I took some time at the tower to get off the bike, relax and eat. My mix of nuts, salted sunflower seeds, dried cranberries and flattened bananas hit the spot. Once off the bike I could hear the wind howling through the hills. I’ve seen a lot worse. I was going to finish this. This ride would be into the wind for about 47 miles. The quicker I got back on the bike, the quicker I would be able to finish the into the wind portion of the ride. I stretched out a bit and got back on the bike. Honestly I was feeling sore and tired, but far from exhausted. If I could just make it to Texaco Hill I knew I would finish this ride and log my longest post surgery ride. I wanted to break the 50 mile mark.
As I rode the 2-3 miles into the wind (miles 38 – 40.5ish) I had some big hills to climb. I remember cramping on the last one at the Death ride in 2010. That didn’t happen on this ride. I shifted down and spun up each of those hills. I was the conquerer in the Flint Hills on this day. I was feeling good even through the soreness. That’s another gift of living in and embracing the now, the present moment. Without future tripping or past regretting, life is what it is – a beautiful thing, a miraculous unfolding of millions of tiny moments that led to this very moment. Thinking the present moment sucks is a bigger deal than I used to think.
I rode on and on. I enjoyed the beauty of the hills. These Flint Hills speak to you, show you your smallness and awesomeness all at the same time if you let them. Life with all it’s ups and downs is beautiful. God I hope you see that too.
Up on a ridge the hills go on forever
The image above looked awesome, but in the middle of the day the sun didn’t give me any shadows to capture the depth of the hills. This headed steeply down into that valley and looked like something on another day that I would love to ride. I took a picture anyway to show you the edge of the world here in Kansas.
I made it to the point where I could FINALLY turn and ride with the wind for the remainder of the ride. That meant that I would ride down Texaco Hill. I’ve done that on a cross bike before but on a fatbike this downhill was effing amazing. Why you wonder? On a cross bike I have to brake as to not break my skull as I crash down that fast hill with a curve and cattle guard at the bottom. On the fat bike I couldn’t pedal fast enough. Brakes? None. I sped down that hill with a smile on my face and excitement of a little boy radiating out of my heart into the hills and the universe beyond. Maybe you felt it? I made that curve at the bottom of the hill with no problem and sped over the cattle guard with the stability only a fatbike can give a rider. That was exhilarating to say the least. That moment was “the moment” of the ride. I smile thinking about it now.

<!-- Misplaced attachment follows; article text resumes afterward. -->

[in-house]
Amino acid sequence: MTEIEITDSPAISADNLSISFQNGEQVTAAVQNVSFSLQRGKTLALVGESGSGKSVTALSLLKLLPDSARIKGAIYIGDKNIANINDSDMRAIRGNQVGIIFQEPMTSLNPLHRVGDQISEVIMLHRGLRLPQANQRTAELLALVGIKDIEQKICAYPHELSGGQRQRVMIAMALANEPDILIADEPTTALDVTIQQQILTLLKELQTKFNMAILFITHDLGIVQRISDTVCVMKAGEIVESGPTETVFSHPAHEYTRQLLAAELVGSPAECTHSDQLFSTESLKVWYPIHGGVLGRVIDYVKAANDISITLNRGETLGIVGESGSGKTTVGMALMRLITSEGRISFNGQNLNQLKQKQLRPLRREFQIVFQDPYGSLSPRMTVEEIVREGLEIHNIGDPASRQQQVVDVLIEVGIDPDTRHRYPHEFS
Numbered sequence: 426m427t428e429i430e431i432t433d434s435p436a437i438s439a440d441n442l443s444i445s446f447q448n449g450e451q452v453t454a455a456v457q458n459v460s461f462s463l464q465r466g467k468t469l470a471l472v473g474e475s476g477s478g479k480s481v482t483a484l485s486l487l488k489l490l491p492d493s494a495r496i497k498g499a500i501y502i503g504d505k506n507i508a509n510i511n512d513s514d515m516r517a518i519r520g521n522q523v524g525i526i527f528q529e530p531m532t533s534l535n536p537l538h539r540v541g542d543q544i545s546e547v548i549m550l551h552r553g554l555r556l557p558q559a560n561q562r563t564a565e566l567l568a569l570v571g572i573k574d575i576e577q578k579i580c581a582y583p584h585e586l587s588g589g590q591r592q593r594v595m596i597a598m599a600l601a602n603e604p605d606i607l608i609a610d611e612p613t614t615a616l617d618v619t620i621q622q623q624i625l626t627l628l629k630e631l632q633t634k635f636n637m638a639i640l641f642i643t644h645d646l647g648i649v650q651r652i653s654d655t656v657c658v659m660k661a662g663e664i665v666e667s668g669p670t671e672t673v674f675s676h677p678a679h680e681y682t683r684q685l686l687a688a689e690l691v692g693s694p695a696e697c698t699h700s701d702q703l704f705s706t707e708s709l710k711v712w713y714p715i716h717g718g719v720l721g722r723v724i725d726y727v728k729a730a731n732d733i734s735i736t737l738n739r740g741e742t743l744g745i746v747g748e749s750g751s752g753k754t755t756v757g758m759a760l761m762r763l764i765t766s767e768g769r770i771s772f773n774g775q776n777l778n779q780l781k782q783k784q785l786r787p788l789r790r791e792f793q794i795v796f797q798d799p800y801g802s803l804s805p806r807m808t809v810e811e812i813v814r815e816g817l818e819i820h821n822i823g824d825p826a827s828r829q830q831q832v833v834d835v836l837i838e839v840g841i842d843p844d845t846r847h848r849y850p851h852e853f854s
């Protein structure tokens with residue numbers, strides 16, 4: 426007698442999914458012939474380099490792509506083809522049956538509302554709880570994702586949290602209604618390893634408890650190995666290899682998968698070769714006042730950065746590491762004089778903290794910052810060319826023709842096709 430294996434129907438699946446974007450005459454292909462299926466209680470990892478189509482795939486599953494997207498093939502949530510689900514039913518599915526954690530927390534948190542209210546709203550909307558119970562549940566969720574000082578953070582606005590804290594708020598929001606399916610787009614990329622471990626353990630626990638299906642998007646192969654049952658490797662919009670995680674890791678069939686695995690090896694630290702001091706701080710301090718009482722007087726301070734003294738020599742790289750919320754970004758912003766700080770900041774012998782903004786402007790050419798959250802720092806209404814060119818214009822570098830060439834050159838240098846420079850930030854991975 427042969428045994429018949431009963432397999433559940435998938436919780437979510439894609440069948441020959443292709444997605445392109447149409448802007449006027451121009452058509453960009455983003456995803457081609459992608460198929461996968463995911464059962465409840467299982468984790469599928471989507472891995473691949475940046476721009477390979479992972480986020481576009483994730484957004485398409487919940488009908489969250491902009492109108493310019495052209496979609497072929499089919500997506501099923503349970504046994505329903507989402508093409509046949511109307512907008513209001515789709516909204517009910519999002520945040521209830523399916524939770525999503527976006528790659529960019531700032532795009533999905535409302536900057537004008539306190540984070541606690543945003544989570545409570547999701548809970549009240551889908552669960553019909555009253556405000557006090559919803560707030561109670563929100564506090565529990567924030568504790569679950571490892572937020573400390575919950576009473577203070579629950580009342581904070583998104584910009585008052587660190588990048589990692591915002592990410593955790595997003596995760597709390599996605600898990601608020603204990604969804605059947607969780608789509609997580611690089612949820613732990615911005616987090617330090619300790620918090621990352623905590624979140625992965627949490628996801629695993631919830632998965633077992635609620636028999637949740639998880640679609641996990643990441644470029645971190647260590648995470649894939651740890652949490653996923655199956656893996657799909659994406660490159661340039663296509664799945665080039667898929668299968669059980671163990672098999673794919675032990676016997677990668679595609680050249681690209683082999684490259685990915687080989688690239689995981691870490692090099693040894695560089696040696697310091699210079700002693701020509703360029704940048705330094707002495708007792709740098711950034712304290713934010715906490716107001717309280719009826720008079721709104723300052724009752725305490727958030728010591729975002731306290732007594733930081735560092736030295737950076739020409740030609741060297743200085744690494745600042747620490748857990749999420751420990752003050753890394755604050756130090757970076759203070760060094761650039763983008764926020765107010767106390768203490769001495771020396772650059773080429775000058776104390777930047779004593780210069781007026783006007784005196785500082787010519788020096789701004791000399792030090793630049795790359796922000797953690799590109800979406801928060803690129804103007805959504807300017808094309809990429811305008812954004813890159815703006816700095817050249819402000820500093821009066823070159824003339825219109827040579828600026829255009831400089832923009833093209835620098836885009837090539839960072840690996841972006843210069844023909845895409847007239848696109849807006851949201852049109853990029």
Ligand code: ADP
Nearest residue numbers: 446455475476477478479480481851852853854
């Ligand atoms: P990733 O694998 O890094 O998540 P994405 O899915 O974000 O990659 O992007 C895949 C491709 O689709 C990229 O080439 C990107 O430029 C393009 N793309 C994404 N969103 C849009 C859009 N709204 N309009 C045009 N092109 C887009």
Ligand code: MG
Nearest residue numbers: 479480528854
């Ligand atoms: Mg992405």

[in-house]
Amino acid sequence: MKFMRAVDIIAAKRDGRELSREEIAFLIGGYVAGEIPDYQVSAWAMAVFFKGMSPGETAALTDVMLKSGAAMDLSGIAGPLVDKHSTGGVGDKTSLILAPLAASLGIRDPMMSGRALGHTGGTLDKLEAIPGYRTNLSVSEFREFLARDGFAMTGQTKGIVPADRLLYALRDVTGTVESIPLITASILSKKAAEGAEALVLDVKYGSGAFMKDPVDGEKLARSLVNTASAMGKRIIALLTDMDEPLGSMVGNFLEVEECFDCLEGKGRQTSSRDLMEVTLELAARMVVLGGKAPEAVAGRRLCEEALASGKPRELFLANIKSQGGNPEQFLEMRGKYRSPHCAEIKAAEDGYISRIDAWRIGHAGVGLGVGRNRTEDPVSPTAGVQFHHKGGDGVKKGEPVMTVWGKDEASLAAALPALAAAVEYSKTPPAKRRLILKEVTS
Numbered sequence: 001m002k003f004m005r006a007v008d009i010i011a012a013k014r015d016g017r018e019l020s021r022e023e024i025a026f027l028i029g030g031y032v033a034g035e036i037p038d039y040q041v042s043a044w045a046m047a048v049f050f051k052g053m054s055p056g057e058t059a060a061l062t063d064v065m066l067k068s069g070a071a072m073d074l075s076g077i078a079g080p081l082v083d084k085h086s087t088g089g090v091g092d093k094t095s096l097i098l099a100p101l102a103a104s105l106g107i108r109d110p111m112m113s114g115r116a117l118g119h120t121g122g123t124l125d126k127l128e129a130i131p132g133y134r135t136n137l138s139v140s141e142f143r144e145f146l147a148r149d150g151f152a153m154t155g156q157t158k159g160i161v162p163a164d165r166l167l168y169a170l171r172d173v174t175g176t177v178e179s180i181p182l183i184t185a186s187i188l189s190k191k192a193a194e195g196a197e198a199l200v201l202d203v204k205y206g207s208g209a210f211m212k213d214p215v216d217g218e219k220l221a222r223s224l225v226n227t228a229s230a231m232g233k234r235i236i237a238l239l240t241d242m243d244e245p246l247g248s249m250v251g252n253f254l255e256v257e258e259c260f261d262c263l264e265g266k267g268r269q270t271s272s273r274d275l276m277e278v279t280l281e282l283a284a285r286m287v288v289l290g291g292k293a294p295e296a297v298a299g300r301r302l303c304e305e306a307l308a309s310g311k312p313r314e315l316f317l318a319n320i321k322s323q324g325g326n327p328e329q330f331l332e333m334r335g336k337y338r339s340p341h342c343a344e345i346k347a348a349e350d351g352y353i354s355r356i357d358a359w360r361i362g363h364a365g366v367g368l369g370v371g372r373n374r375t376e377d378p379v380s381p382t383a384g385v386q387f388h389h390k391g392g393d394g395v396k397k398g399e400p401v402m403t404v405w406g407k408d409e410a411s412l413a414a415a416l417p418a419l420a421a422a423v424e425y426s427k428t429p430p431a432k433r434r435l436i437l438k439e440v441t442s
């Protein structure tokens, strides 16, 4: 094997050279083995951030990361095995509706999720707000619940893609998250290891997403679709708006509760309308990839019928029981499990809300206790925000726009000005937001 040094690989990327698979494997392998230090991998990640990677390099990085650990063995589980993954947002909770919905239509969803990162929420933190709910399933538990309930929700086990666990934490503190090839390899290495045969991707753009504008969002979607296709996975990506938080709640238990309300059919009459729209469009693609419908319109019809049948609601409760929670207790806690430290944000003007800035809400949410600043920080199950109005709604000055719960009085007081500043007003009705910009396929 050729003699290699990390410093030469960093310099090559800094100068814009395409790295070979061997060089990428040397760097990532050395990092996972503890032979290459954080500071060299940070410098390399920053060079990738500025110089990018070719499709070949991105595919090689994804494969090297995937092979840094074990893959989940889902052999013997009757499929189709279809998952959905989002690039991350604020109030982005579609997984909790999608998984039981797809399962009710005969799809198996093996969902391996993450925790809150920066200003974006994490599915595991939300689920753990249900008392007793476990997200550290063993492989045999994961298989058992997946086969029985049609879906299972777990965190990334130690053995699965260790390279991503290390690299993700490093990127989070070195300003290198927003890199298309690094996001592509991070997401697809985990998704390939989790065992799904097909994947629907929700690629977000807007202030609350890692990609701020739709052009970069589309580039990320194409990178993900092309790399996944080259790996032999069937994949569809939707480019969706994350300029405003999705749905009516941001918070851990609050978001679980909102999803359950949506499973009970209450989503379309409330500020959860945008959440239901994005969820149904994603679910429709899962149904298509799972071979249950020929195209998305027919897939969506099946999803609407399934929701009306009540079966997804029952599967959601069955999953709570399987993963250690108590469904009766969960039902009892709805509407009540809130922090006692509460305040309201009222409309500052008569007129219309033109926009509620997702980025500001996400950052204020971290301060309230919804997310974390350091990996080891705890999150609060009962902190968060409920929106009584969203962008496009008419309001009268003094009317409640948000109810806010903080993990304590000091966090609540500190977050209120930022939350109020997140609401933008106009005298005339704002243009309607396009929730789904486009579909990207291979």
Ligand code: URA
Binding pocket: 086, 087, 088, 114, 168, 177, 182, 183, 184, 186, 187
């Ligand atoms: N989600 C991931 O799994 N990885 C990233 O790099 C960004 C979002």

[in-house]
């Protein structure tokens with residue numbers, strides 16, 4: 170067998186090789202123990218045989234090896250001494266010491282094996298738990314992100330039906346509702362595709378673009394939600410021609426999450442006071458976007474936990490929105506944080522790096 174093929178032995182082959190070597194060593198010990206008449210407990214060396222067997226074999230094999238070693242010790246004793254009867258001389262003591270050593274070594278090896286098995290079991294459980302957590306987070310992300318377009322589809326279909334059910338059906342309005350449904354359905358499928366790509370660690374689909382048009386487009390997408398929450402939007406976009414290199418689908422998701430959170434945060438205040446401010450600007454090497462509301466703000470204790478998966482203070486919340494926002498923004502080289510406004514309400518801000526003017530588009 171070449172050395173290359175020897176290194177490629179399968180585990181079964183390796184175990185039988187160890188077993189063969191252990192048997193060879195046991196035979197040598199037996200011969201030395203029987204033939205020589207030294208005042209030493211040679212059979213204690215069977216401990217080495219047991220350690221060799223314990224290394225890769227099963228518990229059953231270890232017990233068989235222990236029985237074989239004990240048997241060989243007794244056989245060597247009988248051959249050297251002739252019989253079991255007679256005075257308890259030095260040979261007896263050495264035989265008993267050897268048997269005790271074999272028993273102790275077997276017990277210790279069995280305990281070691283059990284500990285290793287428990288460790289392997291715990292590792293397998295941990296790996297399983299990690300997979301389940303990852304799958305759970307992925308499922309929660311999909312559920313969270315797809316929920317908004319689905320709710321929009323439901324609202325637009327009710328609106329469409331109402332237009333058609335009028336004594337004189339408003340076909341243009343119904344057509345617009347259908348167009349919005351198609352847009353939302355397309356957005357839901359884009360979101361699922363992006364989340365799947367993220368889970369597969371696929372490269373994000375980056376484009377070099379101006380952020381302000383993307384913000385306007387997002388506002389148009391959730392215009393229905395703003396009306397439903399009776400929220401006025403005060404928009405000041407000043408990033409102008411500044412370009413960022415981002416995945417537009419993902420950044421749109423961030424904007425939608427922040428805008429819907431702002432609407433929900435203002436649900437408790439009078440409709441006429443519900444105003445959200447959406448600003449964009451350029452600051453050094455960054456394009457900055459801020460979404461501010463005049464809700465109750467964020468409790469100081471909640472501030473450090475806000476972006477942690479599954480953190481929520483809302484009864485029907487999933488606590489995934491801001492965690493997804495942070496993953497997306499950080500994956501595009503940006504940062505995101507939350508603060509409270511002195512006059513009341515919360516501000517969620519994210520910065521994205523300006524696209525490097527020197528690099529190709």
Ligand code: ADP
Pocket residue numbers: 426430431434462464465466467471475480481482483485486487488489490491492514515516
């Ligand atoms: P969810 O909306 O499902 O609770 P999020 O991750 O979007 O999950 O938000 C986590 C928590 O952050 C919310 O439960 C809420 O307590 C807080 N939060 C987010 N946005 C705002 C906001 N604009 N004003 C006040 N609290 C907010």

I made another turn at mile 53.5 or so and had to stop to peel off the remainder of my winter clothes. That was such a freeing feeling. I pedaled on tired, but feeling good, not great but good. Then something happened.
I was on tame gravel all the way home but suddenly I heard the loud and ominous Psst, Psst, Psst, Psst! Oh no! A rock punctured my rear tire and sealant was spewing everywhere. Here was the test of my homemade tubeless setup. I quickly got off the bike to access the damage. I turned the puncture to the bottom and sealant sprayed all over the gravel. Crap! I think I mixed it a bit too thin. But then I had a thought, it needed to dry. I spun the wheel a few times and then turned it so that the puncture, a large v-shaped cut, was on the top of the tire. I pressed down on it a couple of times with a finger and suddenly the sound of leaking air stopped. I spun the wheel and no more sealant was coming out. At first I thought I had lost it all on the ground, but nope, it sealed!
Now to air up the tire. I lost enough air to fill up a cross tire, but when I pushed down on the tire, it didn’t feel too bad. I got back on and pedaled. Hmm, it felt pretty good. I smiled, then let out a good laugh and you know what I did next? I rode all the way home happy as could be. I made it 77 miles, didn’t break any speed records but I made it! I ended up averaging 11.9 mph and I am still out of shape! That means I will get faster. I don’t know if I’ll ever ride that cross bike again. I had fun on it, but not like that.
Feed Your Monkey!